Artists are forcing Disney to address their growing AI problem￼
Artists see no end to AI taking over jobs – they’re using “Mickey Mouse” strategy.
As the trend of AI taking over people’s jobs continues, the latest group to take action are artists who feel they may be viewed as obsolete. They’re using artificial intelligence systems to create images of copyrighted characters, including Disney’s Mickey Mouse. Given Disney’s history of heavily protecting its content, the artists are hoping that the company will take action and thereby put pressure on AI, giving people their jobs back.
The artists say they’re not trying to destroy Disney but simply want it to address the growing problem of AI. The artists say they hope to spark a larger conversation about the role of AI in the creative industries.
“The artists have always been very resistant to change, but I think they’re finally starting to realize that they need to adapt or they’re going to become irrelevant.”said one artist who spoke on the condition of anonymity.
“If you don’t start to address the issue, eventually, there won’t be any jobs for humans,” said another artist. “And that includes jobs at Disney.”
Over the weekend, Eric Bourdage, lead character artist on the popular video game Dead by Daylight, encouraged his followers to create and sell products using images of Disney characters.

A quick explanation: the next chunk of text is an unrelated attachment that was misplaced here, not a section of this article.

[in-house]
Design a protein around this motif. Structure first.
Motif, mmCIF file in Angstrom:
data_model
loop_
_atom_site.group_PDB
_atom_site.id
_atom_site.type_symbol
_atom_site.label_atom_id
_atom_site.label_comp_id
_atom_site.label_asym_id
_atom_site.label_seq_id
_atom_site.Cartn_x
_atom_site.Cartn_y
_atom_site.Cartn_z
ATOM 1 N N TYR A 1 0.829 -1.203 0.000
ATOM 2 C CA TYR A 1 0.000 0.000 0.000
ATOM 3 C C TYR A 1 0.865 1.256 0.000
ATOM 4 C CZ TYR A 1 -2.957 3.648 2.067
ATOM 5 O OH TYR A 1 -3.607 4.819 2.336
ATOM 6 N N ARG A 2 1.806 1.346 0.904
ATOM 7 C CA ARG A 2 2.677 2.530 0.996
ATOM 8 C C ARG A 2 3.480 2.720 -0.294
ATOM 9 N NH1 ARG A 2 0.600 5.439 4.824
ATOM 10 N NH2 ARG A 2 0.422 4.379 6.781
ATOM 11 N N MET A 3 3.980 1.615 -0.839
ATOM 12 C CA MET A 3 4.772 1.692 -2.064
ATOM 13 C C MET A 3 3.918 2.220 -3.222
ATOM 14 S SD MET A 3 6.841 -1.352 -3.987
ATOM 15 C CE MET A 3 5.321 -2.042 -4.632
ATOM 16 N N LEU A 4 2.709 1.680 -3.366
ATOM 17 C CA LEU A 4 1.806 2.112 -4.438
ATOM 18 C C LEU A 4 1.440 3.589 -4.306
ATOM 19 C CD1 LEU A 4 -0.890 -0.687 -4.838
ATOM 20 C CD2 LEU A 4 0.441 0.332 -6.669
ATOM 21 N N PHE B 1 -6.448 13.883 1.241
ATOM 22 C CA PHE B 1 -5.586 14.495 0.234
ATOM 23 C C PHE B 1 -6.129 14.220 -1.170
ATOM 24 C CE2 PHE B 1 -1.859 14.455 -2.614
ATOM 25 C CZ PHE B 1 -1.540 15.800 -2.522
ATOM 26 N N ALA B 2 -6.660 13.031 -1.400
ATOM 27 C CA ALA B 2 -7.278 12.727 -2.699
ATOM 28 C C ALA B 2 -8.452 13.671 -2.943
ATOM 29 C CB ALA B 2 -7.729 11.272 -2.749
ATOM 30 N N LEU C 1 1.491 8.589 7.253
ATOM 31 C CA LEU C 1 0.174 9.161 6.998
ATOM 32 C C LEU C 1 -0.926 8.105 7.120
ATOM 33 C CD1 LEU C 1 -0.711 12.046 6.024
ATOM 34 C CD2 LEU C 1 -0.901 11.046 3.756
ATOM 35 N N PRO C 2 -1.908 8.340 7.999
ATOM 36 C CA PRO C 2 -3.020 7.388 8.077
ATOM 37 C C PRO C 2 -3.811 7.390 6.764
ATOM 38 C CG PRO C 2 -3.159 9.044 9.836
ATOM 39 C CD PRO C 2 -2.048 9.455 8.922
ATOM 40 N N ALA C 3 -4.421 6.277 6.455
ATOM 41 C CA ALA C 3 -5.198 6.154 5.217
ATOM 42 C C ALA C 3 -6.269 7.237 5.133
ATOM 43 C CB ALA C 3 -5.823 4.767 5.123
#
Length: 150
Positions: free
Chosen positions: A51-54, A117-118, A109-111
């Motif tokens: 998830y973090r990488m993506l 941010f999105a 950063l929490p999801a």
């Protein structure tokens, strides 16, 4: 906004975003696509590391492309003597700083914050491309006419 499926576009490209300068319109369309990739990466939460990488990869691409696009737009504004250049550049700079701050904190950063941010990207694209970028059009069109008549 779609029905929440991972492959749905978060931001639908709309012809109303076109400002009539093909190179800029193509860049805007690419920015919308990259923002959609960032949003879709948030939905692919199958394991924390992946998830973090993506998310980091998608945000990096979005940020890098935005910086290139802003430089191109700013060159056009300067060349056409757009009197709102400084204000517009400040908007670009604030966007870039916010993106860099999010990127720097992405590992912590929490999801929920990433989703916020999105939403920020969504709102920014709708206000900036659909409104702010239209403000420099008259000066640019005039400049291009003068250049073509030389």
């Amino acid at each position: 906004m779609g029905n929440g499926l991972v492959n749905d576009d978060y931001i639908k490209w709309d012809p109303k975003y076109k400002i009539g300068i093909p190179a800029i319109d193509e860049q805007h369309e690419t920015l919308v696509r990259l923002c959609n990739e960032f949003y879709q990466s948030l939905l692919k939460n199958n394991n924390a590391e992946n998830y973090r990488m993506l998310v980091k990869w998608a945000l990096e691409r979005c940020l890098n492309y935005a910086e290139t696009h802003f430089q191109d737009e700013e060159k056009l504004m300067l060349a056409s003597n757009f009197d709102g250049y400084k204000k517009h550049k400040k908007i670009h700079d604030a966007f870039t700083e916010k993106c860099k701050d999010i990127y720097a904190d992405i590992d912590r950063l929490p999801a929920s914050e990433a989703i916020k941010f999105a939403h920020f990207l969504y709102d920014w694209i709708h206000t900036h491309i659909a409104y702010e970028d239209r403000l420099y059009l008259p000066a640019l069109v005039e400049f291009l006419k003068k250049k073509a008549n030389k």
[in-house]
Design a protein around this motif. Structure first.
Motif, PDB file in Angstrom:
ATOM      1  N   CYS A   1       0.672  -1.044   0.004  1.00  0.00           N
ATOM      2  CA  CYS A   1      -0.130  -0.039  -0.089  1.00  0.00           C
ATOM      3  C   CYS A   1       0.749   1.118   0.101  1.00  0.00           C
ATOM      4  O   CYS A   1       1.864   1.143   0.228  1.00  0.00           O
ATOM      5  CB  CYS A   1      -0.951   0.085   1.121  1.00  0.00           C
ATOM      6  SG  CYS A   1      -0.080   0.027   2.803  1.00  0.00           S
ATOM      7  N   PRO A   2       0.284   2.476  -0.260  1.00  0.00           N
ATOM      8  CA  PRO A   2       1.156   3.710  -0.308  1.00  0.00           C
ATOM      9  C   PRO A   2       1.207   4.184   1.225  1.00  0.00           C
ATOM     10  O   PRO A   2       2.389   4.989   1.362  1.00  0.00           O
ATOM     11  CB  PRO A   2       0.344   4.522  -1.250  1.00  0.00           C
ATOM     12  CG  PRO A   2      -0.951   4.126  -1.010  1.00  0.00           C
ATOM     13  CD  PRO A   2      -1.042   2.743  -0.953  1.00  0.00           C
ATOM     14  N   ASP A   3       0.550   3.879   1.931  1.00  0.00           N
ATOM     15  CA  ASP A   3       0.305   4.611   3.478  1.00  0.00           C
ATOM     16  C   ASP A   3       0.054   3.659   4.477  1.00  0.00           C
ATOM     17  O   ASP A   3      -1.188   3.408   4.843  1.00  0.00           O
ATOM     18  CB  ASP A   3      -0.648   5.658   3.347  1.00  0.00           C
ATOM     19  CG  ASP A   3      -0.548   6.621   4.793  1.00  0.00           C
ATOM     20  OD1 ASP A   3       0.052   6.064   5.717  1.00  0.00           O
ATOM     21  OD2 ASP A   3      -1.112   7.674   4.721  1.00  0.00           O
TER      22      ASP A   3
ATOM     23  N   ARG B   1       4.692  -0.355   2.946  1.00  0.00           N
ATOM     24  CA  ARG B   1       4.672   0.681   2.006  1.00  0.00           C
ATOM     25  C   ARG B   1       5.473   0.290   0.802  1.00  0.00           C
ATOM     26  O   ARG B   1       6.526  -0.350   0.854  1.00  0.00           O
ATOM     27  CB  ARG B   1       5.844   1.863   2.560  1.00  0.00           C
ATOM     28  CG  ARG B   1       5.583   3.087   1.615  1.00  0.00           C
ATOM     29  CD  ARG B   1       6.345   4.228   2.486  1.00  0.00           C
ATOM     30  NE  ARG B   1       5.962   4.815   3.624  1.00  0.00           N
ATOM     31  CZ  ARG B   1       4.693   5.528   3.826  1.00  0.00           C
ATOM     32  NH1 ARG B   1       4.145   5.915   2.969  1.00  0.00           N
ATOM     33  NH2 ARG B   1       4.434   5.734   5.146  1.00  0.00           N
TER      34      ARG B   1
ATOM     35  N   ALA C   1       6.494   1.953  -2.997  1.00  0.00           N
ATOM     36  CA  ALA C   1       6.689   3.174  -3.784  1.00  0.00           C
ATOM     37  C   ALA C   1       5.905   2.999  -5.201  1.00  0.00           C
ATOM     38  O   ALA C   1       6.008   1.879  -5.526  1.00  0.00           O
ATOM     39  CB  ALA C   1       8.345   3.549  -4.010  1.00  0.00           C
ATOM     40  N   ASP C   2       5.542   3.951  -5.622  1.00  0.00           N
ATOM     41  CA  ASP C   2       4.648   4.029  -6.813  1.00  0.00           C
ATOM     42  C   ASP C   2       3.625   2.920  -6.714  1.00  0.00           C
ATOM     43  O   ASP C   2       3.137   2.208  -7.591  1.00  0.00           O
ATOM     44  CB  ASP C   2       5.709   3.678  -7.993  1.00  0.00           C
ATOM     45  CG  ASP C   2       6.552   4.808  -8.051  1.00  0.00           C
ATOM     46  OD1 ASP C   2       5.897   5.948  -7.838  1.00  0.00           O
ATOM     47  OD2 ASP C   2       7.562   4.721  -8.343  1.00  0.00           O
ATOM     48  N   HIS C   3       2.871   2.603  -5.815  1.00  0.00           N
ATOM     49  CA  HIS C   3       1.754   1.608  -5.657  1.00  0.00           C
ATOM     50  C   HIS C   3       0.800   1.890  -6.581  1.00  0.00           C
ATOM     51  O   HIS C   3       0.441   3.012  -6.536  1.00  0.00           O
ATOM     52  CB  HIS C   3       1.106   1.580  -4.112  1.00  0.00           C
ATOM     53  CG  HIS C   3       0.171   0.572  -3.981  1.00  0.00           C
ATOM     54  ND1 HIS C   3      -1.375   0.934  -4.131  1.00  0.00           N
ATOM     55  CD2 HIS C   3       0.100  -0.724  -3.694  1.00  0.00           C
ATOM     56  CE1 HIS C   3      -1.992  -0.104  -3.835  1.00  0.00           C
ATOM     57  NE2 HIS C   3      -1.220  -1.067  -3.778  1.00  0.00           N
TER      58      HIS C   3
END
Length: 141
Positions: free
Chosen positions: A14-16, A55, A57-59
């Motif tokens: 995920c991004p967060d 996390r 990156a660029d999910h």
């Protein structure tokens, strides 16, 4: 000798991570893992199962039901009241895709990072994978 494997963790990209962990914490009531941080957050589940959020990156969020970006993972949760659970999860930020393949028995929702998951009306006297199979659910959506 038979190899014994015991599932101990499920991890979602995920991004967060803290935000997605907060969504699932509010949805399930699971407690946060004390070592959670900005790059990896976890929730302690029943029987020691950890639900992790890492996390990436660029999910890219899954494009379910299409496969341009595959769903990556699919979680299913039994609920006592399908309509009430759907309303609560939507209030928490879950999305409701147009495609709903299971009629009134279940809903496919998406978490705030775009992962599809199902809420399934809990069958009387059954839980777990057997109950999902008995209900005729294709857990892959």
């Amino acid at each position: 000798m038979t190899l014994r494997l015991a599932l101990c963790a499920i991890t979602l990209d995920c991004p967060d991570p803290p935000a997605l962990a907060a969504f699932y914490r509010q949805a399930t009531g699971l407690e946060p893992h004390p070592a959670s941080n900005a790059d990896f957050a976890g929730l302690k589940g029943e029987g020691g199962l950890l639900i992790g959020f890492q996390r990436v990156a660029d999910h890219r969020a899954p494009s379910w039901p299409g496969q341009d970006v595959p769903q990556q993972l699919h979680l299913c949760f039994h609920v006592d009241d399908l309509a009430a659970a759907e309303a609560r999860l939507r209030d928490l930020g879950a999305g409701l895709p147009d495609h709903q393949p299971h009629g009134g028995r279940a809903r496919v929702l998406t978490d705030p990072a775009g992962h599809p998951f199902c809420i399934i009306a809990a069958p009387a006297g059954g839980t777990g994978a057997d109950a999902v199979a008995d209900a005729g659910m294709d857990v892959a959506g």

“The obvious issue that I’m opposing in my thread is the theft of human art. Skill, time, people’s efforts and ideas are taken without their consent and used to create a product which can combine all of this and mimic to varying degrees.”Eric Bourdage explains.
AI art problem continues to spark mass protests and resistance from the art community
The digital art community is up in arms over the inclusion of AI-generated content on ArtStation. Artists have long used ArtStation as a platform to showcase their work and receive feedback from the community. However, the recent inclusion of AI-generated content has been a controversial issue. Some artists claim that such content devalues the work of human creators.
This debate came to a head in recent months when a number of artists demanded that ArtStation remove AI-generated content from its website. The movement gained traction, and ArtStation eventually agreed to remove the content in question.
However, the issue is far from resolved. Some artists believe that AI-generated content has a place on ArtStation and that removing it would be a step backward. Others believe that AI-generated content should be clearly labeled as such so that viewers can make an informed decision about whether or not to view it.
The debate is likely to continue for some time. In the meantime, ArtStation has made it clear that it is willing to listen to the concerns of the digital art community and make changes accordingly.